Christie slims down for election

New Jersey Governor Chris Christie is surrounded by his family as he accepts his second term as governor.  PHOTO from CNN

New Jersey Governor Chris Christie is surrounded by his family as he accepts his second term as governor. PHOTO from CNN

Americans everywhere are waking up to see Chris Christie reelected as the Governor of New Jersey.  They are seeing a much slimmer version of Christie, however, online and on the front pages of several newspapers in the tri-state area.

According to an article from USA Today, Christie had a gastric bypass surgery in February of 2013 due to family considerations and personal issues.  Since the surgery, there have not been nearly as many comments regarding Christie’s weight in the news and his weight loss has seemed to help him pave the way to a landslide victory over challenger Barbara Buono yesterday.

But did it really help?  Would his weight loss have had a significant effect on the results of the governor’s race?

“I think he would have still won by a wide margin if Christie hadn’t slimmed down,” said Danny Shin, a junior at Communications High School.  “I don’t really like Christie, but Buono stood no chance against him.”

A Quinnipiac University survey in February showed that Christie was still far ahead in the polls, with a 62-25 percent margin over a then unknown democratic challenger.  In yesterday’s election, Christie defeated Buono by over 20 points: a 60-39 percent margin, according to CBS News.

So maybe his weight didn’t play too much of a role in yesterday’s election.  But with Christie most likely running for President in 2016, there is a still a possibility that it may play a small part.

How to savor your Halloween candy

The first week of November is difficult in several aspects.  From the declining temperatures to mid-term exams for high school and college students, people often struggle the week after Halloween.

Some also struggle by eating an ample amount of Halloween candy that was bought on sale or earned through trick-or-treating.

Here are a few tips to make your Halloween candy last in order to make the late-year swing a little bit better.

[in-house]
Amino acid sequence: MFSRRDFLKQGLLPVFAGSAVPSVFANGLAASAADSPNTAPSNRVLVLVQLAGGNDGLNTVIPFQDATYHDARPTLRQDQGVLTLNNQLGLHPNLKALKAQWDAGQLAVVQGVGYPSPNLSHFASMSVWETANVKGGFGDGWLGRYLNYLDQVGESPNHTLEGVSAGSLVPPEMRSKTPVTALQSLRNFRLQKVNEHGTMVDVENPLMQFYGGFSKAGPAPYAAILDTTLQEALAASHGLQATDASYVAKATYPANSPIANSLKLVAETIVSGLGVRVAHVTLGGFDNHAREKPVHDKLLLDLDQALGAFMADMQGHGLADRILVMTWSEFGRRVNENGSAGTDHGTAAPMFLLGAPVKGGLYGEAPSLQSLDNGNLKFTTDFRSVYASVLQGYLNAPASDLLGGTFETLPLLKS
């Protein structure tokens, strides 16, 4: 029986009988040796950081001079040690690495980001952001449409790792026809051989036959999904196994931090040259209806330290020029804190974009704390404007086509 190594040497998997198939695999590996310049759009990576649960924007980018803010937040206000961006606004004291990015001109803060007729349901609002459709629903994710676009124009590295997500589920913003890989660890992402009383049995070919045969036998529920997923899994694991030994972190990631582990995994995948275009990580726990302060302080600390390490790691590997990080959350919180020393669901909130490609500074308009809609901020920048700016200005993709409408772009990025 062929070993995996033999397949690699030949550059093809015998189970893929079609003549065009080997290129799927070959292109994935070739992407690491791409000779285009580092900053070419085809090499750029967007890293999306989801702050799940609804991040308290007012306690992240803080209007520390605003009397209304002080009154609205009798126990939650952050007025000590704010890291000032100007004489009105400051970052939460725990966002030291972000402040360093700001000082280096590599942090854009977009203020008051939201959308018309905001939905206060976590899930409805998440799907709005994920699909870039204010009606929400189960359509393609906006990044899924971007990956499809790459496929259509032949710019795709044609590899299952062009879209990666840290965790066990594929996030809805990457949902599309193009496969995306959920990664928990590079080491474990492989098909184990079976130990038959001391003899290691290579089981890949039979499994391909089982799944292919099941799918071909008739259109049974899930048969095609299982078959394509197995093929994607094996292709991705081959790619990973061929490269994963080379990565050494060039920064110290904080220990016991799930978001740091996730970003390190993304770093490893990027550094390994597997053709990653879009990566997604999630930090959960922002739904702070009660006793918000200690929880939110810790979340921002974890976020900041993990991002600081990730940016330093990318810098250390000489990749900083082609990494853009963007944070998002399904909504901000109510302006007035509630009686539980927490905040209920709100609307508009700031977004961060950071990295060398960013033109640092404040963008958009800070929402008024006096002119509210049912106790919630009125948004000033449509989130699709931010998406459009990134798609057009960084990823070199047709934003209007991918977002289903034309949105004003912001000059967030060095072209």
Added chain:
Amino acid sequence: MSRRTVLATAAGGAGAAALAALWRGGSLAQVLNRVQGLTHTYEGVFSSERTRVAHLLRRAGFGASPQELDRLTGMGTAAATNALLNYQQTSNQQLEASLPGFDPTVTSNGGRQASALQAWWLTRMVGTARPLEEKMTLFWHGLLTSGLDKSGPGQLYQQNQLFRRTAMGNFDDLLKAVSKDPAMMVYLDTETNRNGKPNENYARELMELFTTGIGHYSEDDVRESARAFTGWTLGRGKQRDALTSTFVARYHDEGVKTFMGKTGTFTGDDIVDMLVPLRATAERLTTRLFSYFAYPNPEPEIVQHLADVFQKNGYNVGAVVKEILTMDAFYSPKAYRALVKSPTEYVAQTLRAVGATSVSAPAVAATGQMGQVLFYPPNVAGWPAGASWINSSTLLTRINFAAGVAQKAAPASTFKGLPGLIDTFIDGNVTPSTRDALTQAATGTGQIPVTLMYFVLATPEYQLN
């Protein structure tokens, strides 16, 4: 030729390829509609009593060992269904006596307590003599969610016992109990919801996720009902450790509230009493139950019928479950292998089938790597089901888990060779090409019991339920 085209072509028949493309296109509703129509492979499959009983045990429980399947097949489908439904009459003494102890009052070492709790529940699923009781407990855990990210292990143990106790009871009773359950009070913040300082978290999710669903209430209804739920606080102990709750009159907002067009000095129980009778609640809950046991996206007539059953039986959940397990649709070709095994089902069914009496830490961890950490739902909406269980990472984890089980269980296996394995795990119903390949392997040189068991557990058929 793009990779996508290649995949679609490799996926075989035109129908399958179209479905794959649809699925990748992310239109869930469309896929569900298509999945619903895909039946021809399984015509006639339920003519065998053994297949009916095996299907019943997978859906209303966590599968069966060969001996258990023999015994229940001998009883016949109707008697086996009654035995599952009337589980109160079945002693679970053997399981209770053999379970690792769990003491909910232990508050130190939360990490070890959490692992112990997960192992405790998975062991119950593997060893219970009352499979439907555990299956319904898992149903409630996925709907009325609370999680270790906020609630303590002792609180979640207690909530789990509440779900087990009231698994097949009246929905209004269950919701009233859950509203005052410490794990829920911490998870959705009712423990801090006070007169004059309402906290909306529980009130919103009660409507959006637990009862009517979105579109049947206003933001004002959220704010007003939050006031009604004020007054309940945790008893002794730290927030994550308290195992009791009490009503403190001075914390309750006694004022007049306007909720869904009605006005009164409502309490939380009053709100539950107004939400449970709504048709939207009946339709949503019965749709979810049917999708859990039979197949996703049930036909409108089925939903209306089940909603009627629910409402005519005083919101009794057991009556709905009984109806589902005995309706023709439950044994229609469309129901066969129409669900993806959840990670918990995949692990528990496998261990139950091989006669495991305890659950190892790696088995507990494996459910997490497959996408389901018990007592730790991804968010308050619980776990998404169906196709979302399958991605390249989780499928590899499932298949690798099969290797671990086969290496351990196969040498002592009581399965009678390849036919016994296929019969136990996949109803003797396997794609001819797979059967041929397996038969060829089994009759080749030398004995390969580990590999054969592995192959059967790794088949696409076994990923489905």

1. Keep it out of sight.  By storing your candy in a safe place, such as in a refrigerator or pantry, you’ll be able to focus your mind on other things, like maybe that term paper due tomorrow.

2. Use it as a reward.  Successfully read a chapter of a book?  Run for 5 miles?  Sit through an entire episode of Pretty Little Liars with your sister?  Reward yourself with a few pieces of Halloween candy.

3. Be smart.  Pace yourself.  Eat only a few pieces each day, eat it only when you really want it, and by eating a small and constant amount, things won’t be so bad.

790px-Plain-M&Ms-Pile

CREATIVE COMMONS PHOTO from EVAN AMOS

4. Don’t.  It might not be useful to eat all of it, as it then it’ll be gone much too quickly.  However, at least you won’t have to think about it again.

Campus Spotlight: Rutgers University

I continue my college dining features with Rutgers University, a large school with over 28,000 undergraduate students spreading across 3 separate campuses in the state of New Jersey.

I focused mainly on the largest campus, located in New Brunswick.  The New Brunswick campus is divided into four main campus areas, as located on their campus map.  Rutgers has four main dining halls on campus, each with its own unique style.

“There are four different dining halls, one on each campus,” said Monica Marrone, who is currently a sophomore at Rutgers. “On each campus there is always an entree section with hot food available, a cook-to-order bar, soup and salad bar, and so much more. All of these things are pretty much always available and it’s all you can eat so you can go up as much as you want.”

The menus rotate often and include a variety of vegan and vegetarian options due to the diverse culture of the students at Rutgers.  However, students can find other options off campus.

“If you’re not eating on campus you [can find] the infamous food trucks,” said Marrone. “They are a staple of Rutgers that everyone has to do just once and has the best greasy food you’ll find.”

“The grease trucks. are delicious,” said Kaitlyn Cooper, a Rutgers freshman.  “Also, a lot of local food places have a deal with Rutgers where they can take our RU ID’s so we can swipe in and get store credit, which is cool.”

Whether it be on or off campus, food of kind is easy to find with the vast amount of eateries

The food court at the Busch Campus Center, located on the New Brunswick campus of Rutgers University, offers a variety of food options.  PHOTO by MATT LAMB

The food court at the Busch Campus Center, located on the New Brunswick campus of Rutgers University, offers a variety of food options. PHOTO by MATT LAMB

at Rutgers.

“Really everything is great,” said Marrone. “Especially the occasional ice cream splurge.”

Campus Spotlight: The College of New Jersey

Once students start college, they face many tough decisions in order to survive on their own and to succeed at the highest level, from when to study instead of party, when to stop watching Netflix and of course, what to eat.

There is always the myth of students gaining the “Freshman Fifteen,” but it really all depends on both the quality and quantity of what you eat.  The College of New Jersey in Ewing, NJ offers a variety of healthy and quality foods that are sure to help bust that myth.